While my daughters appreciate seeing our lights on, they also enjoy helping out with putting them on the house. Hence, the picture at left of my second daughter and I, properly footing a ladder. That's a term I learned through my firefighter classes, and also learned the proper angle for ground ladders of this type.

The rule of thumb for proper ladder angle says:
  • If you can stand at the base of the ladder and reach out to the rung directly in front of your shoulder, the ladder is at a proper angle if you touch somewhere on the palm of your hand (to allow a little bit of room for error).
  • If the ladder is positioned somewhere on your forearm, it is too steep and poses a safety hazard.
  • If the ladder is so shallow that your fingers cannot reach it, the ladder will flex under the weight of the user and increase the potential for collapse of gutters or other objects at the other end of the ladder.

So I made sure to superimpose figures on the photo of me and wee-me to display the similar triangles that occur, but also to show the relationship of slope and how it relates to three collinear points along the ladder.  [NOTE: The fact that my arm and duaghter's arm are not fully extended is due to the fact we stood PRECISELY at the base of the ladder instead of lining up our toes with the base. This was because I wanted to illustrate the slope more directly and not have to account for shoe size, although we both wear size 11 right now, just different categories.]

Proper Ladder Angle should be at a 4-to-1 ratio (slope).
The diagram at left also illustrates proper ladder angle, but does not include the ladder extending above the surface it is leaning on. The other feature I must point out is the user's feet are AT the ladder's feet, not lined up at the ankle's as my daughter's and my ankles were in the photo above.

While I'm not dwelling on a whole lot of math within this post, there are a lot of different directions a teacher can go with this: similar triangles and slope are just a sample.

Moreover, I would hope you get a little grin on your face as the holiday season arrives in the coming days, weeks, and month(s). 

We definitely have a hefty glow at our house now. And yes, our lights did work the first time I plugged them in. 


As the summer wound down, I found myself frequenting home improvement stores to cross of those last few items on my to-do list. In that wandering, I came across a Giant Jenga topic on a Home Depot Community blog by employees/associates.

I figured this would be a great way to tie-in at the beginning of the school year to talk about traits of shapes (in this case squares, so that the Jenga tower has no overlapping from one level to the next). Particularly, I wanted them to address the trait of the assembly that the length of each board was supposed to be the width multiplied by the number of boards stacked across the assembly--in this case, 3 x 5.5" since we went three boards across and each measured 5.5" wide. I was able to toss the idea at the woodworking teacher, who was going to be biding his time in class until students had passed their safety quizzes so they could safely operate the machinery in their shop. He agreed that a straightforward, repetitive project like this one would allow his students to use multiple machines (miter saw, table saw, and planer for example).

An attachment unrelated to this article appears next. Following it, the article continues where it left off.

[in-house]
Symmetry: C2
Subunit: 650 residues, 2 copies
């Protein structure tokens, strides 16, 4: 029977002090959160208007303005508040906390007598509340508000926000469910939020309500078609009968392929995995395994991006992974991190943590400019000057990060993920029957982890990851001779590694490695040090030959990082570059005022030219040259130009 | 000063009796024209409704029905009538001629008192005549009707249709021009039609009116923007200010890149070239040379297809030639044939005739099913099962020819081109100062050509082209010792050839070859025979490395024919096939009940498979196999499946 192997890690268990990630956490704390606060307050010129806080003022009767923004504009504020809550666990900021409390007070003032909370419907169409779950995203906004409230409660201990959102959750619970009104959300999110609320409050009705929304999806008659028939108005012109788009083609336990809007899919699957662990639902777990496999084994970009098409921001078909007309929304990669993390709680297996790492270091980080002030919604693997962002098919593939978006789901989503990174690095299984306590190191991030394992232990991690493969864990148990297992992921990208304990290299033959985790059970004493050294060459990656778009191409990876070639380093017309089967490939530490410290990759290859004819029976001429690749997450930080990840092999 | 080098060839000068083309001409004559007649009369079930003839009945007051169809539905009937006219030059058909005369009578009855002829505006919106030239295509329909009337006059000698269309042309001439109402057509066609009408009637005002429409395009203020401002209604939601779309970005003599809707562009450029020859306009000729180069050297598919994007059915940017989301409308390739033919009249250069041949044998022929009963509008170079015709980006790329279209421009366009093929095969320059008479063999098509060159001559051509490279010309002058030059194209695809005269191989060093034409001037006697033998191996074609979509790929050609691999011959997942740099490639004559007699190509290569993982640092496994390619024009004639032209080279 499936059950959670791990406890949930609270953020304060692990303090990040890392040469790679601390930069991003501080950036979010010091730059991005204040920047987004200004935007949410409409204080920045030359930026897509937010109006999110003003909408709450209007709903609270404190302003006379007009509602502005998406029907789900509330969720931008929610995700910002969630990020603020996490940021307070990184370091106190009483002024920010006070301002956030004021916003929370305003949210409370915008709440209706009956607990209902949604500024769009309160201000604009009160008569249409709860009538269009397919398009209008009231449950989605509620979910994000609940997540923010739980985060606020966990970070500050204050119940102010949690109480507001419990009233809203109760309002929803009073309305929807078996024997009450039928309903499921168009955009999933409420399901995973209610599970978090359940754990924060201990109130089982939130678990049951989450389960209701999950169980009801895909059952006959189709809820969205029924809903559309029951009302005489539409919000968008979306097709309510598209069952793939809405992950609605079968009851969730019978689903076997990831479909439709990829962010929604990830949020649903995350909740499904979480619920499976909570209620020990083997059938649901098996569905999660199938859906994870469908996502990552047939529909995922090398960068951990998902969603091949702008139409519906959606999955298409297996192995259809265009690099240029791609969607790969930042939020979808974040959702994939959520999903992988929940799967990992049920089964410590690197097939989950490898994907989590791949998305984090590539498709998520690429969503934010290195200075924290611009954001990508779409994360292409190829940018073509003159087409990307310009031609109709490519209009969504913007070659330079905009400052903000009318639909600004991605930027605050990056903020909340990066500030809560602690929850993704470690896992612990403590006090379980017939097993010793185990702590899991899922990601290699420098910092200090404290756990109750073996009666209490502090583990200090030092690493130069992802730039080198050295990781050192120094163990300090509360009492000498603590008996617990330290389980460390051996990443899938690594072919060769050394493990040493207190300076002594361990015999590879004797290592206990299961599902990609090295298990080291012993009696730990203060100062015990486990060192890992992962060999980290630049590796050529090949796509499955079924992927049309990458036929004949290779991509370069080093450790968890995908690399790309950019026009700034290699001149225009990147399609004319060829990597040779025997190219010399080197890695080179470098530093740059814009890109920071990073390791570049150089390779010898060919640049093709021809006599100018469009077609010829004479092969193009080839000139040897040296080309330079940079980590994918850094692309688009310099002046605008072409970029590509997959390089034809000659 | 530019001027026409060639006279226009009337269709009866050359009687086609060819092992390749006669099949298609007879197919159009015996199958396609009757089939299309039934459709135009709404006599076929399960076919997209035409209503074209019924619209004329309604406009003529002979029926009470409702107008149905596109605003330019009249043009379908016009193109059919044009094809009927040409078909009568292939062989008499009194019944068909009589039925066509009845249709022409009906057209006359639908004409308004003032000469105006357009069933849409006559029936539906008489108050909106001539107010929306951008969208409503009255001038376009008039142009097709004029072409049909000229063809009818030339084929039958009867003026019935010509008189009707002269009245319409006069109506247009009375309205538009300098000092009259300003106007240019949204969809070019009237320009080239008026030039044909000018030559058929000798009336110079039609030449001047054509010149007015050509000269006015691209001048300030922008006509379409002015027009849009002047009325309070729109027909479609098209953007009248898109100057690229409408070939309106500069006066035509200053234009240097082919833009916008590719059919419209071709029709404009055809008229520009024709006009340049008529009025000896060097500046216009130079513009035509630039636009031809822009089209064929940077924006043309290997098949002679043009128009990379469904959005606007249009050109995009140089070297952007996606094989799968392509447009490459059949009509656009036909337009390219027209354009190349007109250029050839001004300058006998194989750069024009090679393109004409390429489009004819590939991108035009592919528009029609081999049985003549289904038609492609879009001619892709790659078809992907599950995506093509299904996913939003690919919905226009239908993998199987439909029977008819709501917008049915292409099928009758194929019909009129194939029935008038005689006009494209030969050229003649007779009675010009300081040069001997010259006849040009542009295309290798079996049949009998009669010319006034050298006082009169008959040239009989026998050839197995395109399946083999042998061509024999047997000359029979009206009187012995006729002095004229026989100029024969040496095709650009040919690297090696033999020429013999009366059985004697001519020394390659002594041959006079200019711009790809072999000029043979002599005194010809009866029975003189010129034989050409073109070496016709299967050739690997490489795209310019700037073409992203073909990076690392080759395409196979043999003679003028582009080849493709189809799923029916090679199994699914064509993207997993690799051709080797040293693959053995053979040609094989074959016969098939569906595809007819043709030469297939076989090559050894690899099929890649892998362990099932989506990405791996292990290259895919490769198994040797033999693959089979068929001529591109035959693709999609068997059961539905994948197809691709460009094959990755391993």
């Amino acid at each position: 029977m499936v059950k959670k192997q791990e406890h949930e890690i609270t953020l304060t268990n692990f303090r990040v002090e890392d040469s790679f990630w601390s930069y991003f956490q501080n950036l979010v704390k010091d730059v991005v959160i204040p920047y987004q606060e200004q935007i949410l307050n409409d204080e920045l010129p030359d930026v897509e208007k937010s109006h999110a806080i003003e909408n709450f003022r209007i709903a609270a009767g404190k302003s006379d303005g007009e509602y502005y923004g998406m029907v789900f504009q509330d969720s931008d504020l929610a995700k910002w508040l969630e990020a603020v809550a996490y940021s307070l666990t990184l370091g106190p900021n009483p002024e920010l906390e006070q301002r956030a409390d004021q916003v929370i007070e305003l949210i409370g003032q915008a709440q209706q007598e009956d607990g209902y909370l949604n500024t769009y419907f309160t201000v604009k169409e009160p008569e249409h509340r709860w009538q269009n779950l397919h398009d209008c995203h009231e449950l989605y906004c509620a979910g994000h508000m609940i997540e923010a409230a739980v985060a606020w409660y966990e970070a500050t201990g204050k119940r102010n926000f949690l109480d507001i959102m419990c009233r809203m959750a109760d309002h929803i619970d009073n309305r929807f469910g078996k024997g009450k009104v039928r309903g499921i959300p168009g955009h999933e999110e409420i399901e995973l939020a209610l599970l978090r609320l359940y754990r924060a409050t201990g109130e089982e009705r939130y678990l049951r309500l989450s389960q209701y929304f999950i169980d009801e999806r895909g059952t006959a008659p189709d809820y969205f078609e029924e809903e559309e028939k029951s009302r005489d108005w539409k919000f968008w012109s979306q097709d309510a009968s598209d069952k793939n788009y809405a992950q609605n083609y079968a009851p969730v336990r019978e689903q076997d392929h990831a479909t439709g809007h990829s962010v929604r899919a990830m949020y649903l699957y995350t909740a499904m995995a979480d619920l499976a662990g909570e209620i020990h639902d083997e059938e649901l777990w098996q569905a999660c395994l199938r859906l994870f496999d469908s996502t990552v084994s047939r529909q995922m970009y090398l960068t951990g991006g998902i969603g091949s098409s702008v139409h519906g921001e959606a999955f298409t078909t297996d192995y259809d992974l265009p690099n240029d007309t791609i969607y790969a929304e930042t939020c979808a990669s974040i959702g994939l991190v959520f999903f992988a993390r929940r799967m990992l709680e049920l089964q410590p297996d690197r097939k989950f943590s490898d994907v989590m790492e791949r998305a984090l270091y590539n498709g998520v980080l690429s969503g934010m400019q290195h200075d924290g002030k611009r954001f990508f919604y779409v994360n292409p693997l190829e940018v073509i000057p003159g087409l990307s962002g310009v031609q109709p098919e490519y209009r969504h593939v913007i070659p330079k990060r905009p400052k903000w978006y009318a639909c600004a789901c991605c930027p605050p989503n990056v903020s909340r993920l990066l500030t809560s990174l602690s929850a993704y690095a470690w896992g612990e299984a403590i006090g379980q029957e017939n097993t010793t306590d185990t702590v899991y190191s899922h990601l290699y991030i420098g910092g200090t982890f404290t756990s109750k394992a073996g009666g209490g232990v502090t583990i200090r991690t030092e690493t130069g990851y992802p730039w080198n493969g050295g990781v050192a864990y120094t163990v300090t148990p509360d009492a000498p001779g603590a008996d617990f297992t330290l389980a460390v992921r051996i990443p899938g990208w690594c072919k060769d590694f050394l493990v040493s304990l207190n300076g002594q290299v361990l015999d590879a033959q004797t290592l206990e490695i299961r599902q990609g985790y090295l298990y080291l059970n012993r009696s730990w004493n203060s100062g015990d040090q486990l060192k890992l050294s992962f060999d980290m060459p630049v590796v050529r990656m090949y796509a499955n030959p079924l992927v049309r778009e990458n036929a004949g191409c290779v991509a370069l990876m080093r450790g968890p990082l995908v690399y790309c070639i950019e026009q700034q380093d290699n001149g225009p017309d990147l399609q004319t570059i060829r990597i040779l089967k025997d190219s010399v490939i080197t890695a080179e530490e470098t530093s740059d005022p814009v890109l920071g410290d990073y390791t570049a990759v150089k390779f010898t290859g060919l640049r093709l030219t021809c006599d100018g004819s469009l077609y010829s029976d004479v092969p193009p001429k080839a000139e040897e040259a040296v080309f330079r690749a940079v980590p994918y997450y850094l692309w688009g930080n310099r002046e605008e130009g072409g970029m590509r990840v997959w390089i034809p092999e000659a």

Before embarking on the project, I made sure to set the scene with my students and pique their interest in creating their own Giant Jenga. They insisted we Google it to see if someone else had already come up with the idea before them. A sweet collection of games came up, but mostly photos, aside from the Home Depot article I'd mentioned above. They noticed it included measurements (i.e. the answer, they thought). I agree with Dan Meyer here: questions like these are most effective when they are un-Google-able.

Students try out our Giant Genga game as a reward for their efforts.
I insisted we go bigger than the Home Depot site had done; we should use 2" x 6" boards instead. The task in class that day was for them to help me make out my shopping list. Some prompts we had to answer:
  • Why did the Home Depot site mention each board being cut to 10.5" long?
  • Would that same length apply when using 2" x 6" boards?
  • Could we just buy the longest boards available, or would 8-foot, 10-foot, or 12-foot boards help minimize waste?
  • How many, and which length, should I purchase? (When I was at the store, I also discovered the unit rate for these boards differed somewhat; namely that the shorter boards were the cheapest for foot-length. I anticipate revisiting this observation in a later lesson.)

The final product is pictured here. Although it is heavy and not "broken in yet" where the pieces slide easily in and out of their slots, students have enjoyed playing it in the couple of opportunities they have had. The other students from the woodworking class have come by to see the final product in action, since they only saw the raw materials and had not seen the final product in action.

I saw recently where Andrew Stadel had posted about an "experienced" Rubik's cube he held onto and a curious student managed to master quickly. While I have a growing collection of Rubik's cubes and similar puzzles (as seen on the banner for this site, atop the shelves in my classroom with Hoberman spheres and other math-y relics), I hope this Giant Jenga game at least makes an impact on these students since they are the ones who came up with the recipe--or the shopping list, I suppose.